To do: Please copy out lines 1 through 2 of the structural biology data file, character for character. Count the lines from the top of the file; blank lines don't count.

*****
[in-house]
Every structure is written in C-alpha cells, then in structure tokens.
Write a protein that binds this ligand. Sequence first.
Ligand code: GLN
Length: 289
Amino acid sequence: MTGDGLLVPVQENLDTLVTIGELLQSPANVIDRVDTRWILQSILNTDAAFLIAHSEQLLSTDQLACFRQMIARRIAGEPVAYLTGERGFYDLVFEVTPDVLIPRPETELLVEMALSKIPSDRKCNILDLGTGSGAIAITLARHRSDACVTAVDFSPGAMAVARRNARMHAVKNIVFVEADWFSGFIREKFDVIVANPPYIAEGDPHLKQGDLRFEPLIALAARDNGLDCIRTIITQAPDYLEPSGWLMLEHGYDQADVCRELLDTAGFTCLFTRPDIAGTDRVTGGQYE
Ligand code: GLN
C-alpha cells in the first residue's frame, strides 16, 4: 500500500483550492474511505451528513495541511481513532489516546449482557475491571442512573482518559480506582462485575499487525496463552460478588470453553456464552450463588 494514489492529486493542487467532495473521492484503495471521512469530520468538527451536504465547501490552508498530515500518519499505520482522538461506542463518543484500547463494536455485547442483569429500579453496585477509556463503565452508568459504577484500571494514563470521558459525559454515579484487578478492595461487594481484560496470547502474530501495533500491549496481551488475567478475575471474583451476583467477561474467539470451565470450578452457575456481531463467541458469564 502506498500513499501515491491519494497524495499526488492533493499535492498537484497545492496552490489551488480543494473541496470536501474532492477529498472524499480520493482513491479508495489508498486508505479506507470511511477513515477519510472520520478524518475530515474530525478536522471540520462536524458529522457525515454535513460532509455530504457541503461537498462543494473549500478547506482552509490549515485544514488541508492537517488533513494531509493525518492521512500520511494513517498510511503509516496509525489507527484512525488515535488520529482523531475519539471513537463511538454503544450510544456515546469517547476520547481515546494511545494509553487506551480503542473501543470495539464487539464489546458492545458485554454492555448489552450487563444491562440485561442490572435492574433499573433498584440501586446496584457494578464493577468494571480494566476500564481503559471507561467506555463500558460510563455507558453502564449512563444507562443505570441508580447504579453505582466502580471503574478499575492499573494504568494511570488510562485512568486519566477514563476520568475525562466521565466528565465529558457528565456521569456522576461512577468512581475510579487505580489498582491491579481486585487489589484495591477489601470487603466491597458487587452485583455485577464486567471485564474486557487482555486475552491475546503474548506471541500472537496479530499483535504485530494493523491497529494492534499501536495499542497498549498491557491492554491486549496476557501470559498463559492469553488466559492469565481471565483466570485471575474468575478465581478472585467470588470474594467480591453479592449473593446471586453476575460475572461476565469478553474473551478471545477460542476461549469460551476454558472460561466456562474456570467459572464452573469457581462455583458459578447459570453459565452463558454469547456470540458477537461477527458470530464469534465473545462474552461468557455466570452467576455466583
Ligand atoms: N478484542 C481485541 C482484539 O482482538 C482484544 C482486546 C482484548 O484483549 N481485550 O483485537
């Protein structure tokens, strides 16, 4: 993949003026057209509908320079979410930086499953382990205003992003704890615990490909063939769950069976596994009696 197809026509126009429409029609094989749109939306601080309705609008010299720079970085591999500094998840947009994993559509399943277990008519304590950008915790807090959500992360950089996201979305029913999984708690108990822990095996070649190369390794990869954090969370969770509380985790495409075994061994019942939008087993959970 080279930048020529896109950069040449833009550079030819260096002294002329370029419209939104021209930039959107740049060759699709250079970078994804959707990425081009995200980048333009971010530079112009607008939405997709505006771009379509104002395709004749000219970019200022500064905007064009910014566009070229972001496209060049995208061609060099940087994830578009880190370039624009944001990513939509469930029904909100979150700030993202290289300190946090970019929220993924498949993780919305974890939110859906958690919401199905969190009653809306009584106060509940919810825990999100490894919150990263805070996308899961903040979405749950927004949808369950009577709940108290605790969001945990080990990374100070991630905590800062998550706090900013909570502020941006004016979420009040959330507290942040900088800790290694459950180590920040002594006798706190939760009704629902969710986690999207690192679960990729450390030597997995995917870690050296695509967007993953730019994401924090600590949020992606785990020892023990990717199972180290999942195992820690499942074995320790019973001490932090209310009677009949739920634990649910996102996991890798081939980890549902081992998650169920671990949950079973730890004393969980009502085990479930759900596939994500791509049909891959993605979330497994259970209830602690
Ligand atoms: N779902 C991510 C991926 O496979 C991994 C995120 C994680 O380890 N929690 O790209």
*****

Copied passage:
[in-house]
Every structure is written in C-alpha cells, then in structure tokens.